After vitamins from supplements or food are absorbed, your body uses them for various health-enhancing processes , such as:
- Absorbing and metabolizing other nutrients.
- Energy production for your daily activities.
- Promoting normal cell function
- Encouraging normal growth and development
- Keeping you immune system in tip-top condition to prevent disease
It goes without saying that vitamins add to your overall well-being. Vitamin D, for instance, helps your body absorb calcium and promote bone growth, and too little of it results in soft bones in children (rickets) and fragile, misshapen bones in adults (osteomalacia).
Vitamin D deficiency is a global epidemic that has also been linked to breast cancer, colon cancer, prostate cancer, heart disease, depression, weight gain, and other maladies. In fact, studies have shown that people with higher levels of vitamin D have a lower risk of disease.
Melanin reduces the skin’s ability to make vitamin D in response to sunlight exposure, so if you are dark-skinned and live in a country without a lot of sunlight, especially during the winter months, or a home-body who doesn’t go out a lot, there is good chance you might be vitamin D deficient. It’s time you probably considered taking vitamin D supplements on a regular basis.
Types Of Vitamins
Life would be so much simpler if we had a single vitamin that served all of our bodily needs and can be taken whenever and wherever, but that’s not the world we live in, at least not yet. In other words, when it comes to getting the right vitamins and in the right quantities, eating a balanced diet with a variety of foods is paramount to good health.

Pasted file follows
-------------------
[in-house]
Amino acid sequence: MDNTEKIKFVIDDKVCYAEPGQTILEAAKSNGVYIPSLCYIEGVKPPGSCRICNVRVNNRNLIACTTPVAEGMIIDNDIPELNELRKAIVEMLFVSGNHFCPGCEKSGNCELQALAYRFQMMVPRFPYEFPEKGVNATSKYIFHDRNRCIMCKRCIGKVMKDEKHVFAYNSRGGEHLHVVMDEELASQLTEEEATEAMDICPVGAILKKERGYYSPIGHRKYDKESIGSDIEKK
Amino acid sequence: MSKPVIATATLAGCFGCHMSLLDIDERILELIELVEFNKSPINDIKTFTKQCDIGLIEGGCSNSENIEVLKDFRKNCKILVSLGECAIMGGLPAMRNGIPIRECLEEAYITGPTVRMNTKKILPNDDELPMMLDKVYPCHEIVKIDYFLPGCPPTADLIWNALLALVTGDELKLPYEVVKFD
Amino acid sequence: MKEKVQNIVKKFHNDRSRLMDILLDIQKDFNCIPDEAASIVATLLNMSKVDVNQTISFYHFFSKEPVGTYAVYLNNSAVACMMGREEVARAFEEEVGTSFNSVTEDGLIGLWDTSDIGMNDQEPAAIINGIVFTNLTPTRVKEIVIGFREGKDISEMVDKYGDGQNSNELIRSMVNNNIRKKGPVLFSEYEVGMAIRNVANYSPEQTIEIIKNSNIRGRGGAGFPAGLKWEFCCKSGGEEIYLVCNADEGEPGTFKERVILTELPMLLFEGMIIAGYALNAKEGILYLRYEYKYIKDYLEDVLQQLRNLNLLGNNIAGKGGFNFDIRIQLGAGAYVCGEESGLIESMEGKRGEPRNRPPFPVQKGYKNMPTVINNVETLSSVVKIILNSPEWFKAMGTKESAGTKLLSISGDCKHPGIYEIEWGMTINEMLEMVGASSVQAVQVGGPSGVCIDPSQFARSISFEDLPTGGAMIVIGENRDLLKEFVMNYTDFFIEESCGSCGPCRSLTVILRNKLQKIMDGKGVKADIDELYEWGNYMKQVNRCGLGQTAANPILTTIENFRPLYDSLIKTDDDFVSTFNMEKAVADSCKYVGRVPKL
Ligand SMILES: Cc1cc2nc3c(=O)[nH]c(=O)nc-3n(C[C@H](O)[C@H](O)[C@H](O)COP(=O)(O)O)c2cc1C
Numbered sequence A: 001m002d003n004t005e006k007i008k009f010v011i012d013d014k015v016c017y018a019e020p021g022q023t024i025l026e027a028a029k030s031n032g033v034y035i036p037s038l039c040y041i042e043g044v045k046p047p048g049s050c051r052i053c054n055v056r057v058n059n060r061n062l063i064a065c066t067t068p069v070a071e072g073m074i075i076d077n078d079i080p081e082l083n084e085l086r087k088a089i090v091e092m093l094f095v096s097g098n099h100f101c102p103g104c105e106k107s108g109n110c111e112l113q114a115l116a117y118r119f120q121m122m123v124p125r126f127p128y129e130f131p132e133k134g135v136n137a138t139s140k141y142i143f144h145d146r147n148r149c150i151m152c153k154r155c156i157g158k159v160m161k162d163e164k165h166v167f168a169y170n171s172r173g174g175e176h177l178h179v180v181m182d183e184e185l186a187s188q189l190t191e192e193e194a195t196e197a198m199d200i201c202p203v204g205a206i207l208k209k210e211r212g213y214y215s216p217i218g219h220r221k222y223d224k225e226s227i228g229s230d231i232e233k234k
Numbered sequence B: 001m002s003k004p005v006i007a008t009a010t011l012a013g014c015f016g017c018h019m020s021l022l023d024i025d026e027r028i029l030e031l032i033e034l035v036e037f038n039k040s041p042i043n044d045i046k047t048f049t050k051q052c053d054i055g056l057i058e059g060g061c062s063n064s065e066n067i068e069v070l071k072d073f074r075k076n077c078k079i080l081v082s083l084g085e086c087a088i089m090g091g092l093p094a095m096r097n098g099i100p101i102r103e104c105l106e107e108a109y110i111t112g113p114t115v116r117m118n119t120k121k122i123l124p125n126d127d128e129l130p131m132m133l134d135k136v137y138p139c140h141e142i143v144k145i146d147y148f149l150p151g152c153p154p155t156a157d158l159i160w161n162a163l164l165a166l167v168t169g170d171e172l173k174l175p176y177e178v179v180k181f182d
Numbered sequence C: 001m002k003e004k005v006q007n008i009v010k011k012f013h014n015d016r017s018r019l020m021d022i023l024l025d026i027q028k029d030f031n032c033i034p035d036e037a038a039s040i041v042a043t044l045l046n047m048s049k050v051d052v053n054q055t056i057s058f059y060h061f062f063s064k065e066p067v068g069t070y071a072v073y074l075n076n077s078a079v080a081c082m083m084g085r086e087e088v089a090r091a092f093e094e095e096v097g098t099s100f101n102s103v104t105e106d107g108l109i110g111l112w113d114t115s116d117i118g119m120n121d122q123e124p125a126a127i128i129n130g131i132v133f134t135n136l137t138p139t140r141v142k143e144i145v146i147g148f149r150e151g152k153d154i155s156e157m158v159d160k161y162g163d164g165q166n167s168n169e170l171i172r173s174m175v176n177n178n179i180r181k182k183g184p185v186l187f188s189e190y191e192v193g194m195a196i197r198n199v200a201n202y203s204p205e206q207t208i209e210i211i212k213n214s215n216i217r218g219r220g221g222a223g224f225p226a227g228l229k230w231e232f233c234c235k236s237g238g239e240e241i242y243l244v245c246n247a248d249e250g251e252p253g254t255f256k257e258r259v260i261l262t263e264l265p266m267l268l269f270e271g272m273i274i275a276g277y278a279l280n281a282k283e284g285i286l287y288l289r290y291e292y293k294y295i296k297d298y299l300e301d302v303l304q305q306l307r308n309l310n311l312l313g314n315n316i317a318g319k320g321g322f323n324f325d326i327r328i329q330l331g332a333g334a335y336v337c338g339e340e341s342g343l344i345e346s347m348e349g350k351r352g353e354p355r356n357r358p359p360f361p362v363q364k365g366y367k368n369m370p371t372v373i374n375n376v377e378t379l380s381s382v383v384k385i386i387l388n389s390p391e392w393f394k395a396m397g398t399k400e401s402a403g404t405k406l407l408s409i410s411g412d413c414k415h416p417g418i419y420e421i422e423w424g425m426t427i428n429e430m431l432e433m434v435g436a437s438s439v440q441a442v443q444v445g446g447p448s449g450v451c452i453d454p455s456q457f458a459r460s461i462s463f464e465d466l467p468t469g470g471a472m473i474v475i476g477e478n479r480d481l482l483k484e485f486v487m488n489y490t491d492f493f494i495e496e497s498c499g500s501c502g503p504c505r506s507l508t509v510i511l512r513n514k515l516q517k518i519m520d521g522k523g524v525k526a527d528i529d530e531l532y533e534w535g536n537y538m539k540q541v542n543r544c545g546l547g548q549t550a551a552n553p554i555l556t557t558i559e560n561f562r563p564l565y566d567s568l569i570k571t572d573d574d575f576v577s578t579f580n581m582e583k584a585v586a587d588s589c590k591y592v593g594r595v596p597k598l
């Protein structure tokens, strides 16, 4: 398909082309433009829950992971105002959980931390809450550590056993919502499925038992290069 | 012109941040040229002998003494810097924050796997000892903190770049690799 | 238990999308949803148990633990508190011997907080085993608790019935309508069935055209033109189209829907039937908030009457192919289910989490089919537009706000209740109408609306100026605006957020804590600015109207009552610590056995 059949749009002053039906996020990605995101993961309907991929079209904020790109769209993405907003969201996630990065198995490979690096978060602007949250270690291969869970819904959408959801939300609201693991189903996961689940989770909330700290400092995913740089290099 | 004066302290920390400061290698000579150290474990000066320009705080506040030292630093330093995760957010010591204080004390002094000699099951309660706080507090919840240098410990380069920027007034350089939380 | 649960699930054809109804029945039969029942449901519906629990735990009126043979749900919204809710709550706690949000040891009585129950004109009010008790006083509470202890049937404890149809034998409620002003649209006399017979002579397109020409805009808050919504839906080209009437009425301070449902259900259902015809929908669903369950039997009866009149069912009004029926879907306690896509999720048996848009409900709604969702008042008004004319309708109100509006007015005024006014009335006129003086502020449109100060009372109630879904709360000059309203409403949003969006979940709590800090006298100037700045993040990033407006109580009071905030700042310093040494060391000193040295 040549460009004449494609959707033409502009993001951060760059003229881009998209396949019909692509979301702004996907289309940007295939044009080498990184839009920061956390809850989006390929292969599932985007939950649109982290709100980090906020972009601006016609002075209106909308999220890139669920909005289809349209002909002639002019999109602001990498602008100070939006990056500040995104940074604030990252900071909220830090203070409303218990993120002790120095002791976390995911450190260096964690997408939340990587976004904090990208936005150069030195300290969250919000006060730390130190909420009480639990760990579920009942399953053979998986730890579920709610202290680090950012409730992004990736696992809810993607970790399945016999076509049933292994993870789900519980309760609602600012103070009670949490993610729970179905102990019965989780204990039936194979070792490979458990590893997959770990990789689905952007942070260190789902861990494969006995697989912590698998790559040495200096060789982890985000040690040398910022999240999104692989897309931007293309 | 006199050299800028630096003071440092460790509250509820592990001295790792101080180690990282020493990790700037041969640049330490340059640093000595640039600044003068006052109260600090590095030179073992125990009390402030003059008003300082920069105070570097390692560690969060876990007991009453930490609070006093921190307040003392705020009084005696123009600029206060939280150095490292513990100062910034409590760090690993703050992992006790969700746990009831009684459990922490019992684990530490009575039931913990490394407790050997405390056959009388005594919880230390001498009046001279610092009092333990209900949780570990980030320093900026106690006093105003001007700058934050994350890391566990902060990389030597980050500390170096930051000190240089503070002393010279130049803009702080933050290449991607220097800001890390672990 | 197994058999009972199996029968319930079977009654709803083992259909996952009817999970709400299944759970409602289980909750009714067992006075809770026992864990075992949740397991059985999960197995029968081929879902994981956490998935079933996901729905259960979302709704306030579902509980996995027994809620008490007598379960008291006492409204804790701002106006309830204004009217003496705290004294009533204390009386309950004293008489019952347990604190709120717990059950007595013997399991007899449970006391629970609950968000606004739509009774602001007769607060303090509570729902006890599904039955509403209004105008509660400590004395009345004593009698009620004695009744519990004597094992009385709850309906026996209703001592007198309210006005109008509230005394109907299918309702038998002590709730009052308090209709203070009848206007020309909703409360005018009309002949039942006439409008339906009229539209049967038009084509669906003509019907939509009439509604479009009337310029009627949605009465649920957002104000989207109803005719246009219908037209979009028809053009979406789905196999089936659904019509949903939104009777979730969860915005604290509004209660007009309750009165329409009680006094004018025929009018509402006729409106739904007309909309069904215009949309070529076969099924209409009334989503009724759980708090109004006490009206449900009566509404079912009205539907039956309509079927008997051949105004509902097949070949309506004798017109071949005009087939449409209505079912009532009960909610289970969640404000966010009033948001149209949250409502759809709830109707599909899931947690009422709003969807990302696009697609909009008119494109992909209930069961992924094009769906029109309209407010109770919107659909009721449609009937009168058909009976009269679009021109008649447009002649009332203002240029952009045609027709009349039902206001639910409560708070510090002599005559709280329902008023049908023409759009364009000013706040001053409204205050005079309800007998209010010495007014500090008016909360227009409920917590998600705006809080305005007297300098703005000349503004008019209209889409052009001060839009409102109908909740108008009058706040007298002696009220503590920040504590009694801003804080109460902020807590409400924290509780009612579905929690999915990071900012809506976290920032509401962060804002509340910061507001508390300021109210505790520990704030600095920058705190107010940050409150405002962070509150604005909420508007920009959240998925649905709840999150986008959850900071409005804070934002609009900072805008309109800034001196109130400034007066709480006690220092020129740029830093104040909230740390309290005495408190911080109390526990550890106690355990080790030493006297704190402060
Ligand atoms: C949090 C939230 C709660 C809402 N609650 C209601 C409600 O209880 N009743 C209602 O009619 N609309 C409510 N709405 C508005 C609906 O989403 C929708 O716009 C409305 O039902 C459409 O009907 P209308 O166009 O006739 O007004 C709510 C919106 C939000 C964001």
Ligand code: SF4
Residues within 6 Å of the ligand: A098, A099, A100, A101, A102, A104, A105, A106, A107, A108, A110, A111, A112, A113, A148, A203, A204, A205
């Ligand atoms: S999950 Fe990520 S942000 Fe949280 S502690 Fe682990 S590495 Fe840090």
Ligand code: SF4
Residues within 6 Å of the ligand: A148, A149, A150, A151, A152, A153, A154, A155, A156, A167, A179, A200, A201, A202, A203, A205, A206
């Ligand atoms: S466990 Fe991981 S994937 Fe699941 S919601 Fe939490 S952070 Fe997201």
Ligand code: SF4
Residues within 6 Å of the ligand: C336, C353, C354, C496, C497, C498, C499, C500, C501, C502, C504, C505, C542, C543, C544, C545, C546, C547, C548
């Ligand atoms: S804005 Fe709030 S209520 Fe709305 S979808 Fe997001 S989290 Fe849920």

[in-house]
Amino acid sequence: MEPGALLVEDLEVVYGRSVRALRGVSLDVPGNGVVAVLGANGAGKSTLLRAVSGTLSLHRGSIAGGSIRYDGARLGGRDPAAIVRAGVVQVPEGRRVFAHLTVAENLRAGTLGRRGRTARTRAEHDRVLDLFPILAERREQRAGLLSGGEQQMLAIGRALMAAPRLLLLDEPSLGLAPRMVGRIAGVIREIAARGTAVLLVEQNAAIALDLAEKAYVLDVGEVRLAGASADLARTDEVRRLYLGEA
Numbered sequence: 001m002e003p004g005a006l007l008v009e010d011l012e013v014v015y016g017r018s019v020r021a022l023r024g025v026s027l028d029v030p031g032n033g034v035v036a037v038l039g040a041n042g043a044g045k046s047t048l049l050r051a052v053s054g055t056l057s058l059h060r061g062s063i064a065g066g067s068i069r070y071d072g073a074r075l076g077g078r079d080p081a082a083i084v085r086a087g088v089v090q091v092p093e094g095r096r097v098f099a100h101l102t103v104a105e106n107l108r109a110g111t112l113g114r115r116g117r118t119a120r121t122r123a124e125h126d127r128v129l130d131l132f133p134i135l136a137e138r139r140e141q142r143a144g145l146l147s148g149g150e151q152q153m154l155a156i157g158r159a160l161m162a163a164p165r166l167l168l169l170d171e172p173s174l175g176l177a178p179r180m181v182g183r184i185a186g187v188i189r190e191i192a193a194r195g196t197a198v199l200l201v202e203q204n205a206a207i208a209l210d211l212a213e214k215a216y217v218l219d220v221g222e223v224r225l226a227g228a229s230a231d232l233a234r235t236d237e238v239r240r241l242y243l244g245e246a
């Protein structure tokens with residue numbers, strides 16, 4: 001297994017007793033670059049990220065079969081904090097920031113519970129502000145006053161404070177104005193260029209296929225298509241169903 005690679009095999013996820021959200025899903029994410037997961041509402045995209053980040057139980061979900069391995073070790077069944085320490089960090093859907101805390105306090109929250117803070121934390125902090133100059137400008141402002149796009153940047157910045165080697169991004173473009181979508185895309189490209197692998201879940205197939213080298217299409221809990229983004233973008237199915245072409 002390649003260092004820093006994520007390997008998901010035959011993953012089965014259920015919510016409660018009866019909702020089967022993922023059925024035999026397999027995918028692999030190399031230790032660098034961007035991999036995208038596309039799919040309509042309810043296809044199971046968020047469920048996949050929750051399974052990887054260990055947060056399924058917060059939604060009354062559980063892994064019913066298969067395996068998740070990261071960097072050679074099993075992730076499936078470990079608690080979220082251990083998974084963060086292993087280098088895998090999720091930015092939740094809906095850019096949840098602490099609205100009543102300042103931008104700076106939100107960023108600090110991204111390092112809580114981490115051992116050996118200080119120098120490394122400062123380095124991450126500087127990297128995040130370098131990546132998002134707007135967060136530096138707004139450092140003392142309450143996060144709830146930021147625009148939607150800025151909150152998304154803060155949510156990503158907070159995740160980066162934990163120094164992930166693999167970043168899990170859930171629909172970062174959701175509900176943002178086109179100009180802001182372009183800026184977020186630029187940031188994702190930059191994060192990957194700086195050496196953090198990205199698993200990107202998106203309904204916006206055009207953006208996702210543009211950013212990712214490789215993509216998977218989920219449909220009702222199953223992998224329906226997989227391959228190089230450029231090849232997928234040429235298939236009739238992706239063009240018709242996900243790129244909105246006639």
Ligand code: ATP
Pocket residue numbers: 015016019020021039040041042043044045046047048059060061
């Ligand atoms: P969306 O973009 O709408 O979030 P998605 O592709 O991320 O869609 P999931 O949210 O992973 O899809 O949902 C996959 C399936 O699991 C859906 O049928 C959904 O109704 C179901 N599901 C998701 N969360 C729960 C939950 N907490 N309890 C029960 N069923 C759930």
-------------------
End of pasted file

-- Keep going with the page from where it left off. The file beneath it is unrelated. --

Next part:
As noted by Carol Byrd-Bredbenner in her book “Perspectives in Nutrition,” Vitamins come in two types — water-soluble and fat-soluble — which partly explains why our bodies don’t always absorb the majority of vitamin supplements we consume.
Fat-soluble vitamins are those that are transported by fats and include vitamins A, D, E and K. To get the most out of fat-soluble vitamins, it’s best to take them with meals containing some fat.
Water-soluble vitamins are those that dissolve in water and are readily absorbed into tissues for immediate use. They include the B vitamins and vitamin C.
I like to take all my vitamins during my meals, which usually include a healthy serving of avocados, eggs and sometimes fish and/or meat.
Myths About Vitamins
There is persisting misconception that if taking a little of a certain vitamin helps to improve symptoms of a condition, then taking more will result in greater improvement. Unfortunately, that’s not the case when it comes to taking vitamins.
According to “Krause’s Food and Nutrition Therapy,” the most respected nutrition text for over 50 years, the body can only absorb and use a certain amount of the vitamins we consume. Moreover, it cannot absorb man-made vitamin supplements as easily as vitamins in foods. These are other key reasons why you should not use vitamin supplements as a replacement for food.
Vitamin C is often touted as a natural cold remedy, with Nobel laureate Dr. Linus Pauling famously claiming that taking large doses of vitamin C helps thwart a cold. However, research has shown that vitamin C is only marginally beneficial when it comes to the common cold.
A 2017 study pooling the results of 29 different studies that looked at the effect of vitamin C on colds found that taking 200 milligrams of vitamin C every single day rather than just on days when you’re sick could make cold symptoms go away about one day sooner. But that’s where the benefits end.
Benefits Of Vitamins Supplements
Vitamins are a must for a properly-functioning body, but some people have more need for certain vitamins than other. Because vitamin B12 is naturally found in animal products, vegans, for example, are at risk of vitamin B12 deficiency and, therefore, can benefit from B-12 supplements.
On the same hand, parents concerned about the picky eaters in the family can give their children vitamin supplements to round out their diet.